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Iowa State University Extension

Elder friendly communities attract and keep older residents

elder friendly communities

Elders, senior citizens, aging Baby Boomers — no matter the term, older adults are looking for places to live that are elder friendly, says Susan Erickson, ISU Extension program coordinator with the PLaCE program (Partnering Landscape and Community Enhancement).

As Iowa communities develop comfortable, safe and accessible environments that promote physical activity and healthy lifestyles, they can become elder friendly communities that will accommodate and attract older residents as well as the dollars they can inject into the local economy.

People already are retiring to small-town Iowa, Erickson said. “If we try to attract them on purpose … others will come. If you can attract elders to your community, it does have an economic impact.”

Some economic development experts claim that one elderly couple moving to a community can have the same effect on the local economy as one good manufacturing job, Erickson noted. In any case, community design and development that meets the needs of Baby Boomers as they age allows for economic and social stability and growth of rural towns.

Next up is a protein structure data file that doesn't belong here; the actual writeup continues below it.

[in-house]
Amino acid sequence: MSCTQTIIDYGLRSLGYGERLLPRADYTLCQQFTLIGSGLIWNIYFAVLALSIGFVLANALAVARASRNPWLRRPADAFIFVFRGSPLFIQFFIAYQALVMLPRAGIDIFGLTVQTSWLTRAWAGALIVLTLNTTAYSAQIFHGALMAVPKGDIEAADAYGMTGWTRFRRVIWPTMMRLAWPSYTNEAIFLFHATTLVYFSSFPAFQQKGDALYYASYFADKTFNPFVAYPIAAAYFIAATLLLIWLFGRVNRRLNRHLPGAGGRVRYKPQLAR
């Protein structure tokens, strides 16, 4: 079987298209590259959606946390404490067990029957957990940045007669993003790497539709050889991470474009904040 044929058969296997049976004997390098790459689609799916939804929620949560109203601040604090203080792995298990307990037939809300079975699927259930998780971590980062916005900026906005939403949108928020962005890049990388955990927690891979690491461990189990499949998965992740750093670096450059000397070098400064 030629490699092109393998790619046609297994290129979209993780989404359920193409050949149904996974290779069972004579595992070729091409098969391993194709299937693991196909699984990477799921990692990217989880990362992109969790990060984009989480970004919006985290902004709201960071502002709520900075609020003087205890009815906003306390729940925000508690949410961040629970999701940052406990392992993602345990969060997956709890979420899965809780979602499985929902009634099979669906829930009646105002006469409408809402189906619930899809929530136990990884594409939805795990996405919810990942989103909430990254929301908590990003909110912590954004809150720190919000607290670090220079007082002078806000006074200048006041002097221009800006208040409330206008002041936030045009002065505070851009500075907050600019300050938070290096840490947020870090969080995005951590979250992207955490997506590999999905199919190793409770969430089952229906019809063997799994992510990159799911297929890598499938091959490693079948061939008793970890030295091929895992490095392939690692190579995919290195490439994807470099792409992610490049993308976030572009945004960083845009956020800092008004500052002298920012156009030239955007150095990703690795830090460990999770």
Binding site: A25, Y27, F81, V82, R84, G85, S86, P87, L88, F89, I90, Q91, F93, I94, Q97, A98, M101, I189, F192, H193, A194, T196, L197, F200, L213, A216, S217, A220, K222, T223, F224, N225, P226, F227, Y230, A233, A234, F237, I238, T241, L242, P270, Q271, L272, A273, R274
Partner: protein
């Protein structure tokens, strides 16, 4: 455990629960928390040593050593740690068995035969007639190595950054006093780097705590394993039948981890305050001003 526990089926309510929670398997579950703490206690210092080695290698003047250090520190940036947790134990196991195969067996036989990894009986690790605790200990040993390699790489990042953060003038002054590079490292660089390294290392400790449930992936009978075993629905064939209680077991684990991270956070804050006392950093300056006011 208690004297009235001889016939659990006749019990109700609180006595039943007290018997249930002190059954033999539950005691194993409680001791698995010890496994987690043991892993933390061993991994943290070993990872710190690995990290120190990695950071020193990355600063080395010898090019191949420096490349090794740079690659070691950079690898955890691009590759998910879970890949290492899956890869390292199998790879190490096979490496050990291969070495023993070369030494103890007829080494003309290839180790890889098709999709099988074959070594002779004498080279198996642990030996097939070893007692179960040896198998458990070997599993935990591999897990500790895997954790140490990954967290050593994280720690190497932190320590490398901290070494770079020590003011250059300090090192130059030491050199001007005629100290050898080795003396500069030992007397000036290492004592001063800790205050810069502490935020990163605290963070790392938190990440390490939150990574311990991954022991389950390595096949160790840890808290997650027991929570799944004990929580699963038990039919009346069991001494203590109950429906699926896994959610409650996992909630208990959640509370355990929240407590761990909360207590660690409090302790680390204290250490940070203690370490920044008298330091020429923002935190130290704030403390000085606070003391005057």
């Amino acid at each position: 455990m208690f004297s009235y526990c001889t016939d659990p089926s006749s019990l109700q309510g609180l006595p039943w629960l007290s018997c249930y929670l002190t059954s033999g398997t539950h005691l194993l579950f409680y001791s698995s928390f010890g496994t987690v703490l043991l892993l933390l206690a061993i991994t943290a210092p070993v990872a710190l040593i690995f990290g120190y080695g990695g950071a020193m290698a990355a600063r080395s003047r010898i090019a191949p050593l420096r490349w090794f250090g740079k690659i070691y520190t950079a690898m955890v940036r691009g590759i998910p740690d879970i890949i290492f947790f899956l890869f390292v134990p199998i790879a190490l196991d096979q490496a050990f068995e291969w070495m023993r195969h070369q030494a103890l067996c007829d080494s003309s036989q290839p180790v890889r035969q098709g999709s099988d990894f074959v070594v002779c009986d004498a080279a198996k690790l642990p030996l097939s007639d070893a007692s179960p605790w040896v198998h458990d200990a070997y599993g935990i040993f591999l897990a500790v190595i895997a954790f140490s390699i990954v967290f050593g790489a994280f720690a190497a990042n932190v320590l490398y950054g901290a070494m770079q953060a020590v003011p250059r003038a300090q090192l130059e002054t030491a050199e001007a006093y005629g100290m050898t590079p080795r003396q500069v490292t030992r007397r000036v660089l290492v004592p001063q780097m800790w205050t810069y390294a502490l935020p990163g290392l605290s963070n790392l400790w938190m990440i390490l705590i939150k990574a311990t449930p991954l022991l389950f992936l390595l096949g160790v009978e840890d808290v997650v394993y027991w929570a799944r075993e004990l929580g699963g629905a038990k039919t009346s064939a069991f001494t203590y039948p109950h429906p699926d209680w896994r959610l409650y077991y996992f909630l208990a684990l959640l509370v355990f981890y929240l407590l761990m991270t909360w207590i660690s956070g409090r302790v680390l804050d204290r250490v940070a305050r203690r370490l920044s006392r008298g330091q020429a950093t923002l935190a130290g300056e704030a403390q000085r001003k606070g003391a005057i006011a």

With funding from the Town/Craft Center, ISU Extension and the PLaCE program conducted studies of two Iowa communities that are determined to become more elder friendly — Lamoni and Polk City. Lamoni is rather isolated on the far south-central edge of Iowa in Decatur County, but has a university. Polk City, located 13 miles north of Des Moines, is growing, but is largely a commuter town. Both communities have different needs, Erickson said, but each saw economic promise in attracting and retaining older residents.

The first step is getting a new definition of “elderly,” Erickson said. “Elderly — or retired — does not mean frail.”

Then communities can figure out the resources they need and position themselves to appeal to this growing population.

Lamoni and Polk City each received about a 50-page report with suggestions for developing a range of housing choices that reflect residents’ varied abilities, independence and income. They also received recommendations for improving access to critical services and destinations — such as the grocery store, bank, library or hair salon. In addition, they received suggestions for encouraging walking as a means of transportation, social interaction and individual health.

Erickson is hoping other Iowa towns will examine these suggestions and consider becoming elder friendly communities as well.

This article appeared in December 2008 -- From Jack Payne Newsletter